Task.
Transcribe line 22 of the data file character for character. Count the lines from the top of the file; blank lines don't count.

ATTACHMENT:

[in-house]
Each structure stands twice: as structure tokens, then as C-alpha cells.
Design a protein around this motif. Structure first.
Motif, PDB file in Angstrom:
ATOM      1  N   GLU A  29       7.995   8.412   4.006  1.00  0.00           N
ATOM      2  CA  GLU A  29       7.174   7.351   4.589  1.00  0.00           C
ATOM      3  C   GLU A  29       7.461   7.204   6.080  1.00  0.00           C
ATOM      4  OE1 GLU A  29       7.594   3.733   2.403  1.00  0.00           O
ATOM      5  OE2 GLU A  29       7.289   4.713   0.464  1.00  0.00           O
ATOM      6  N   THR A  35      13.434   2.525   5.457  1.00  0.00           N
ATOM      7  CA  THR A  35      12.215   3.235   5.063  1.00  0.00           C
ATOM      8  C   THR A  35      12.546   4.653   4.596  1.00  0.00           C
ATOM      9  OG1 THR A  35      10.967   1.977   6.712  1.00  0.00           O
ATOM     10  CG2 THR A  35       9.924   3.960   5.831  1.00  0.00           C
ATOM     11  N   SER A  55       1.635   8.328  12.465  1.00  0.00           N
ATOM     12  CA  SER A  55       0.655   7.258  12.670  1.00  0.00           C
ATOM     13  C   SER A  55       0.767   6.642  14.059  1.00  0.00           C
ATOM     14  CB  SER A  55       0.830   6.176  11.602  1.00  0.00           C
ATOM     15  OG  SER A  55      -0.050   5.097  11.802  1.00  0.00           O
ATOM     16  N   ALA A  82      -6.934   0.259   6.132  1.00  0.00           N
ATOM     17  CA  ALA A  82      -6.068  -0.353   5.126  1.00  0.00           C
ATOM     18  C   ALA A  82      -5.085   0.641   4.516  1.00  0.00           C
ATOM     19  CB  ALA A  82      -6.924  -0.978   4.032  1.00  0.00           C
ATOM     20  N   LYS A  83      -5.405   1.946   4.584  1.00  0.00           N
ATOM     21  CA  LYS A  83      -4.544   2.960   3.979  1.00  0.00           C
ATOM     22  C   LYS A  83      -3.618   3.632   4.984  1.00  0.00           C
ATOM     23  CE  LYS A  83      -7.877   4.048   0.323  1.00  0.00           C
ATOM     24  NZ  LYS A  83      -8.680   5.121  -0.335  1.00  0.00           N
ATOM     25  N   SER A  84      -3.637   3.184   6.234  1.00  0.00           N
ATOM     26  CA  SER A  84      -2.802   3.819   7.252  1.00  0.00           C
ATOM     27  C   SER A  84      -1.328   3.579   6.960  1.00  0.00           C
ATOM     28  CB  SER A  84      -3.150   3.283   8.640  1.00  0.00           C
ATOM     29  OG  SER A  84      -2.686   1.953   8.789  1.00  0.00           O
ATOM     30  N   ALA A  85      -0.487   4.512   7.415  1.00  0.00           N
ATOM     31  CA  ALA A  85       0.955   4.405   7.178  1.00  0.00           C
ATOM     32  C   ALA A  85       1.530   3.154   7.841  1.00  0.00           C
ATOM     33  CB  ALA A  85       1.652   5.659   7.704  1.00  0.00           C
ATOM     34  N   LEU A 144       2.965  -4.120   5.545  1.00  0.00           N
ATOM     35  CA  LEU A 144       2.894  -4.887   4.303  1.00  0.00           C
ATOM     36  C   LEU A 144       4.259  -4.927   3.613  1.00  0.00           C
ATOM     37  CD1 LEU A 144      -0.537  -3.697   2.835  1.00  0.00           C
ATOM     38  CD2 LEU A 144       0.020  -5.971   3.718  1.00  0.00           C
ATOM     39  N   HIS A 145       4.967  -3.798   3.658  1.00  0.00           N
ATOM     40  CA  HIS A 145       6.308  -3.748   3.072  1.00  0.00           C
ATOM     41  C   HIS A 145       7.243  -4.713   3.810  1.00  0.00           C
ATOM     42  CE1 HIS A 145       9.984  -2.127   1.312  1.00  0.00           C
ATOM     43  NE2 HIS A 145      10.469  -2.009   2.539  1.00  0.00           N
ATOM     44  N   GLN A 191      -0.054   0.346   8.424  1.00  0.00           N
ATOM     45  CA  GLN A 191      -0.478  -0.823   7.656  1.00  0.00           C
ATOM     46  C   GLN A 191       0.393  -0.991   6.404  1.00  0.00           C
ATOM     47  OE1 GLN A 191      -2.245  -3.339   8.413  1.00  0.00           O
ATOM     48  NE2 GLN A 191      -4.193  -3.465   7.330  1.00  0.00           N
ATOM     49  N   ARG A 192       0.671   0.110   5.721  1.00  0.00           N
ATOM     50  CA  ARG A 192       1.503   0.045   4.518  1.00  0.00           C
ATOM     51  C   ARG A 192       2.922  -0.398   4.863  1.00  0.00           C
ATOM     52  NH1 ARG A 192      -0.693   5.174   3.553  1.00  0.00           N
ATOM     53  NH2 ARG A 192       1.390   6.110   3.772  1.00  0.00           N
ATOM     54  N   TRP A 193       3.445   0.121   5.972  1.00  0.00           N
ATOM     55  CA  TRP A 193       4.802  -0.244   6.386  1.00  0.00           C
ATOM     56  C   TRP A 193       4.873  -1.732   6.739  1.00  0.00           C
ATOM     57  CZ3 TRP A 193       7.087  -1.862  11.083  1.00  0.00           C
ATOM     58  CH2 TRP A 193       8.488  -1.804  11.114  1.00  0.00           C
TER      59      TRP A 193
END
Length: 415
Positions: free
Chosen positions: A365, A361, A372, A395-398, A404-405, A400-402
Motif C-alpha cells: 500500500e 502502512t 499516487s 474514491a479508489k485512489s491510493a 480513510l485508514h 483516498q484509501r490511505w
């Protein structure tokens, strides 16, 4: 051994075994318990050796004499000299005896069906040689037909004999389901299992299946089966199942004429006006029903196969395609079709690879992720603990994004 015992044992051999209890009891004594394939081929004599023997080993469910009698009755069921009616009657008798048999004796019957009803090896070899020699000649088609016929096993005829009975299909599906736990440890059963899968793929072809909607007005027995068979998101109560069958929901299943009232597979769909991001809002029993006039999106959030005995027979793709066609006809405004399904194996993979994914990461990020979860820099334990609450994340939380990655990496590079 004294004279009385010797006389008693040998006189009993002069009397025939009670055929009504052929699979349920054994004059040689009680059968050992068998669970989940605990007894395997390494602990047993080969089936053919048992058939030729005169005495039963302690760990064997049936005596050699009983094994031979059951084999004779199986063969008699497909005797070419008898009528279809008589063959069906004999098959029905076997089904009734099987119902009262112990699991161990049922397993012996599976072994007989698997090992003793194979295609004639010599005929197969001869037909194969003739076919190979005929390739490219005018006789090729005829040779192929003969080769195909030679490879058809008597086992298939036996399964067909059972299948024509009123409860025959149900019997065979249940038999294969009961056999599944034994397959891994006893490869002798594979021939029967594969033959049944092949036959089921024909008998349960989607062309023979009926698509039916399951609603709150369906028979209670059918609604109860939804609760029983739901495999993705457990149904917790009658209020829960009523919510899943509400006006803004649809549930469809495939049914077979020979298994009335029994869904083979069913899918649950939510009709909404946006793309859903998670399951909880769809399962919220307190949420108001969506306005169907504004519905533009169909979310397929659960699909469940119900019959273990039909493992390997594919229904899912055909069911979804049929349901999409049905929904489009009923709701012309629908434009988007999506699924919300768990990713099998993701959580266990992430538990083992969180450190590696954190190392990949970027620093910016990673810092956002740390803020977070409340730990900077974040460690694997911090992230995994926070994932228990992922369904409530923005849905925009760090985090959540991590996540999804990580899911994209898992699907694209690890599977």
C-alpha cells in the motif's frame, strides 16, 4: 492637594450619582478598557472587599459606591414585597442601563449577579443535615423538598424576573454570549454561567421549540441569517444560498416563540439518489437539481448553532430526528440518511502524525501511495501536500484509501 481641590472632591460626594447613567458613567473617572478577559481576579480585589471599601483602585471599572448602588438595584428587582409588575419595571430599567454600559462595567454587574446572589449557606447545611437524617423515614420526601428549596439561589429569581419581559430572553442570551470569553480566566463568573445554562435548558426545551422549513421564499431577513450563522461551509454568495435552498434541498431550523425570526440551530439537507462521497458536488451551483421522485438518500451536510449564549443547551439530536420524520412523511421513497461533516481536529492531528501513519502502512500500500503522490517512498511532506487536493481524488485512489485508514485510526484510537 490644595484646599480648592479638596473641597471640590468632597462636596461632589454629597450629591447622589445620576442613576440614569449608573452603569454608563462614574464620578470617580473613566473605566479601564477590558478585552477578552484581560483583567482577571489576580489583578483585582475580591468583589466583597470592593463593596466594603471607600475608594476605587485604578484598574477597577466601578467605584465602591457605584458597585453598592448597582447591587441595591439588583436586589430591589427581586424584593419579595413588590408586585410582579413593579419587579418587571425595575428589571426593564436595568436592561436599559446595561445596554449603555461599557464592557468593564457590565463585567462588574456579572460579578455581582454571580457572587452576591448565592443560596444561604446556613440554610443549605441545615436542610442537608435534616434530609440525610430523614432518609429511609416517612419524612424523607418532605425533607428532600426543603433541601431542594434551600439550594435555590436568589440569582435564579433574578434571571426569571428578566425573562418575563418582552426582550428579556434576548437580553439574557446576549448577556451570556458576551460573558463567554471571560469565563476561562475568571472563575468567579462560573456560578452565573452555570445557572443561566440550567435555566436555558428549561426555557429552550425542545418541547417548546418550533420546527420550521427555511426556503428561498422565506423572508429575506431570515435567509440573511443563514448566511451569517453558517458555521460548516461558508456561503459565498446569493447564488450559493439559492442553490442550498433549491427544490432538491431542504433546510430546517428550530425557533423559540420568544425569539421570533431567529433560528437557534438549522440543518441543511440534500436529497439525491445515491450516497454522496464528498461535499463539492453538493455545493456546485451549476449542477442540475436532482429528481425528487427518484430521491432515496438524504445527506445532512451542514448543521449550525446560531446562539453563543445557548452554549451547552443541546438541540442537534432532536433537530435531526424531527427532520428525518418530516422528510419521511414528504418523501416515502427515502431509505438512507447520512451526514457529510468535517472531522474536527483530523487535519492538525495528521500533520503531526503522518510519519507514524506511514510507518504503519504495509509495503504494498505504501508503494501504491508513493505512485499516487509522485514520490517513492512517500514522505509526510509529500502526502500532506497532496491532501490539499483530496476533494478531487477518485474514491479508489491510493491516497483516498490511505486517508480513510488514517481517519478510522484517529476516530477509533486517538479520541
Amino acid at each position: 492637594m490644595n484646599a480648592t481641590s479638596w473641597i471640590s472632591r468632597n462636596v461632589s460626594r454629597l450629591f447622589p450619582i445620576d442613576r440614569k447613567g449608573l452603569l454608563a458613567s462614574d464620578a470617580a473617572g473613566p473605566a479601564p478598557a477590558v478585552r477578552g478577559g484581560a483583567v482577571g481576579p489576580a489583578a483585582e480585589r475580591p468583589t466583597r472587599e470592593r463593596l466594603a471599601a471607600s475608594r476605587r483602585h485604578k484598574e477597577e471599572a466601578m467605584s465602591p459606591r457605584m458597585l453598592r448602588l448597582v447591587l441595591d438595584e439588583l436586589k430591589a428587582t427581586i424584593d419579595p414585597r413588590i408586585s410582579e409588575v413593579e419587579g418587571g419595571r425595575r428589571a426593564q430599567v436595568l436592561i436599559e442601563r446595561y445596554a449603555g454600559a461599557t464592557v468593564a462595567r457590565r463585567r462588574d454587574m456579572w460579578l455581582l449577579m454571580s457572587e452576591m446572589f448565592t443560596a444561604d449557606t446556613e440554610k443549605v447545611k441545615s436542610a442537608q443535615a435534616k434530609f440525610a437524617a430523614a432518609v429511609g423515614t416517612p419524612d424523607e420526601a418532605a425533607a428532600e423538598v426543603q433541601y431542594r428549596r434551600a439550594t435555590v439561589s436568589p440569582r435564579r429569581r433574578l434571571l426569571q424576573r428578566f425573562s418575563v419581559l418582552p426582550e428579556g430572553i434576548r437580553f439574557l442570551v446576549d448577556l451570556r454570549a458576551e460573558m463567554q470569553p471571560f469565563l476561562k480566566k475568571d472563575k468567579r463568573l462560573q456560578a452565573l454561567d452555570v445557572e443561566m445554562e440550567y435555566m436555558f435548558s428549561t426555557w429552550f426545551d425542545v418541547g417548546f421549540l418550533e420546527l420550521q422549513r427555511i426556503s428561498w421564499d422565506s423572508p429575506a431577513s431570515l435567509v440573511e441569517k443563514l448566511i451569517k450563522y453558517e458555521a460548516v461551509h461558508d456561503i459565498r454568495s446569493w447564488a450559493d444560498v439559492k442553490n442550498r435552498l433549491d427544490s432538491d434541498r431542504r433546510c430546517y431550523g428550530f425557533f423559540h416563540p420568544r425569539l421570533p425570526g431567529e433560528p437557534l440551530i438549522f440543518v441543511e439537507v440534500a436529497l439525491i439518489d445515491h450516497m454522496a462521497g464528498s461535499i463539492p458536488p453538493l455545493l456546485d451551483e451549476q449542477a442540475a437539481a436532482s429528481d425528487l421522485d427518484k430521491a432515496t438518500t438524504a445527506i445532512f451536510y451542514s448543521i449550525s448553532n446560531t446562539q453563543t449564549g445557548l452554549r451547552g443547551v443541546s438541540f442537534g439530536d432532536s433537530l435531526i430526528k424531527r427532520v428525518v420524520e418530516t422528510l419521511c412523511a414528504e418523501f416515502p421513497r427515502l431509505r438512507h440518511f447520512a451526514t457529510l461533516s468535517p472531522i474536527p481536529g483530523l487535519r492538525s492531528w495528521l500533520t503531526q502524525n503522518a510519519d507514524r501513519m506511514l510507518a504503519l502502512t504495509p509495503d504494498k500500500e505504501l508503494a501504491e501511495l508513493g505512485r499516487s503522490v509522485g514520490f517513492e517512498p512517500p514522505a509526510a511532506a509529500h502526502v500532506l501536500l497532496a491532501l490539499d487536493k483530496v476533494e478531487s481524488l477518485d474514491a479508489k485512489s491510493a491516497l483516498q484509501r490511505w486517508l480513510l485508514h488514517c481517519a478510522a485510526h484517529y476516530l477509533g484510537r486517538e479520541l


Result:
ATOM     18  C   ALA A  82      -5.085   0.641   4.516  1.00  0.00           C